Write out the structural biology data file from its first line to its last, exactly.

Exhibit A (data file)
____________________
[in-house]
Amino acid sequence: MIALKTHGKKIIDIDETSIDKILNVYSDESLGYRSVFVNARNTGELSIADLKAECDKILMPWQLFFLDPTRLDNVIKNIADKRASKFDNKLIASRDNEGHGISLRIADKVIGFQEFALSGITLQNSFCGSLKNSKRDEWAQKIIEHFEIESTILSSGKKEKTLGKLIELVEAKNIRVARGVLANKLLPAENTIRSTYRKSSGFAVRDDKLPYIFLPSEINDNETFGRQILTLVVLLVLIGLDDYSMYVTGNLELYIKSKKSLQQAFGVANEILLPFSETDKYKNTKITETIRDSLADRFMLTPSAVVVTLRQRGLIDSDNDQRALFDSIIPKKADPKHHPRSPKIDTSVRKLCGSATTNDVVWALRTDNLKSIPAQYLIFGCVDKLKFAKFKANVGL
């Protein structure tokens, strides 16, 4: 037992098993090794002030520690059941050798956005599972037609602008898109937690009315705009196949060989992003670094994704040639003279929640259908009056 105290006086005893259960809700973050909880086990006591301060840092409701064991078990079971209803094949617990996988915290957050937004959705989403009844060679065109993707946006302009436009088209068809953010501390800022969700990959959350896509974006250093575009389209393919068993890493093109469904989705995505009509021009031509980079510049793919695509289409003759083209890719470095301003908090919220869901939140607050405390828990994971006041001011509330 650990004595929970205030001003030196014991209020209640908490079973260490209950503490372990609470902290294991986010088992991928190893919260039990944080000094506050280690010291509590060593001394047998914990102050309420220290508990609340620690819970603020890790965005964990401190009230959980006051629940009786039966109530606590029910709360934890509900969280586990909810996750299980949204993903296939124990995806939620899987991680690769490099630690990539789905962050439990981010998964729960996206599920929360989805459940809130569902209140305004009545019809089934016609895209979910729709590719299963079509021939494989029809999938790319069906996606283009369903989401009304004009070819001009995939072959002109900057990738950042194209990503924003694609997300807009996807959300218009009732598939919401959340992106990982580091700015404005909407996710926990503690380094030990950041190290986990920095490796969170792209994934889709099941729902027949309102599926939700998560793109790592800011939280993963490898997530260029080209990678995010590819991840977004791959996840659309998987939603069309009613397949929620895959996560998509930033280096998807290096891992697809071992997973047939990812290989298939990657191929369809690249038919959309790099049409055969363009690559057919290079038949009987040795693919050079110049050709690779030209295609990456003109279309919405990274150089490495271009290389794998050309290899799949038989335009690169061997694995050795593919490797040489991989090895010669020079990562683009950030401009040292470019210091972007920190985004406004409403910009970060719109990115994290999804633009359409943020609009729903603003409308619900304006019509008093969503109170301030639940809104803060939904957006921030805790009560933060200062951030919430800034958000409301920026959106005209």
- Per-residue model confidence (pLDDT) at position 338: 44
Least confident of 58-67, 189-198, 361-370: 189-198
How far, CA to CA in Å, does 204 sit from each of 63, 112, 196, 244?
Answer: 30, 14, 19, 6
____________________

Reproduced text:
[in-house]
Amino acid sequence: MIALKTHGKKIIDIDETSIDKILNVYSDESLGYRSVFVNARNTGELSIADLKAECDKILMPWQLFFLDPTRLDNVIKNIADKRASKFDNKLIASRDNEGHGISLRIADKVIGFQEFALSGITLQNSFCGSLKNSKRDEWAQKIIEHFEIESTILSSGKKEKTLGKLIELVEAKNIRVARGVLANKLLPAENTIRSTYRKSSGFAVRDDKLPYIFLPSEINDNETFGRQILTLVVLLVLIGLDDYSMYVTGNLELYIKSKKSLQQAFGVANEILLPFSETDKYKNTKITETIRDSLADRFMLTPSAVVVTLRQRGLIDSDNDQRALFDSIIPKKADPKHHPRSPKIDTSVRKLCGSATTNDVVWALRTDNLKSIPAQYLIFGCVDKLKFAKFKANVGL
């Protein structure tokens, strides 16, 4: 037992098993090794002030520690059941050798956005599972037609602008898109937690009315705009196949060989992003670094994704040639003279929640259908009056 105290006086005893259960809700973050909880086990006591301060840092409701064991078990079971209803094949617990996988915290957050937004959705989403009844060679065109993707946006302009436009088209068809953010501390800022969700990959959350896509974006250093575009389209393919068993890493093109469904989705995505009509021009031509980079510049793919695509289409003759083209890719470095301003908090919220869901939140607050405390828990994971006041001011509330 650990004595929970205030001003030196014991209020209640908490079973260490209950503490372990609470902290294991986010088992991928190893919260039990944080000094506050280690010291509590060593001394047998914990102050309420220290508990609340620690819970603020890790965005964990401190009230959980006051629940009786039966109530606590029910709360934890509900969280586990909810996750299980949204993903296939124990995806939620899987991680690769490099630690990539789905962050439990981010998964729960996206599920929360989805459940809130569902209140305004009545019809089934016609895209979910729709590719299963079509021939494989029809999938790319069906996606283009369903989401009304004009070819001009995939072959002109900057990738950042194209990503924003694609997300807009996807959300218009009732598939919401959340992106990982580091700015404005909407996710926990503690380094030990950041190290986990920095490796969170792209994934889709099941729902027949309102599926939700998560793109790592800011939280993963490898997530260029080209990678995010590819991840977004791959996840659309998987939603069309009613397949929620895959996560998509930033280096998807290096891992697809071992997973047939990812290989298939990657191929369809690249038919959309790099049409055969363009690559057919290079038949009987040795693919050079110049050709690779030209295609990456003109279309919405990274150089490495271009290389794998050309290899799949038989335009690169061997694995050795593919490797040489991989090895010669020079990562683009950030401009040292470019210091972007920190985004406004409403910009970060719109990115994290999804633009359409943020609009729903603003409308619900304006019509008093969503109170301030639940809104803060939904957006921030805790009560933060200062951030919430800034958000409301920026959106005209």
- Per-residue model confidence (pLDDT) at position 338: 44
Least confident of 58-67, 189-198, 361-370: 189-198
How far, CA to CA in Å, does 204 sit from each of 63, 112, 196, 244?
Answer: 30, 14, 19, 6